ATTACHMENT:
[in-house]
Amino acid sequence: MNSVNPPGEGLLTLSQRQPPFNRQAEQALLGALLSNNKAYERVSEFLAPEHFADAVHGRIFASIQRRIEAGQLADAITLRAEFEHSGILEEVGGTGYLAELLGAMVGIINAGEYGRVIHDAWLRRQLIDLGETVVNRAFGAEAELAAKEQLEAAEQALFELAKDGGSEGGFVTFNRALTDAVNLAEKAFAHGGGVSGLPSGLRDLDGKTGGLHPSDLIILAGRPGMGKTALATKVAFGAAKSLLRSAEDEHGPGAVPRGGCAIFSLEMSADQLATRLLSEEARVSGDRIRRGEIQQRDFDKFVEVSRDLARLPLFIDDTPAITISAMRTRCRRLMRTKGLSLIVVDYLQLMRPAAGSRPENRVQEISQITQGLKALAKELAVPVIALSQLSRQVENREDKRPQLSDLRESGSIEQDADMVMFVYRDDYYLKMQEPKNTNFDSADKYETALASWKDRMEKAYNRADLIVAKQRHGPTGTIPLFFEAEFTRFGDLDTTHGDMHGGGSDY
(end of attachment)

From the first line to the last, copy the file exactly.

[in-house]
Amino acid sequence: MNSVNPPGEGLLTLSQRQPPFNRQAEQALLGALLSNNKAYERVSEFLAPEHFADAVHGRIFASIQRRIEAGQLADAITLRAEFEHSGILEEVGGTGYLAELLGAMVGIINAGEYGRVIHDAWLRRQLIDLGETVVNRAFGAEAELAAKEQLEAAEQALFELAKDGGSEGGFVTFNRALTDAVNLAEKAFAHGGGVSGLPSGLRDLDGKTGGLHPSDLIILAGRPGMGKTALATKVAFGAAKSLLRSAEDEHGPGAVPRGGCAIFSLEMSADQLATRLLSEEARVSGDRIRRGEIQQRDFDKFVEVSRDLARLPLFIDDTPAITISAMRTRCRRLMRTKGLSLIVVDYLQLMRPAAGSRPENRVQEISQITQGLKALAKELAVPVIALSQLSRQVENREDKRPQLSDLRESGSIEQDADMVMFVYRDDYYLKMQEPKNTNFDSADKYETALASWKDRMEKAYNRADLIVAKQRHGPTGTIPLFFEAEFTRFGDLDTTHGDMHGGGSDY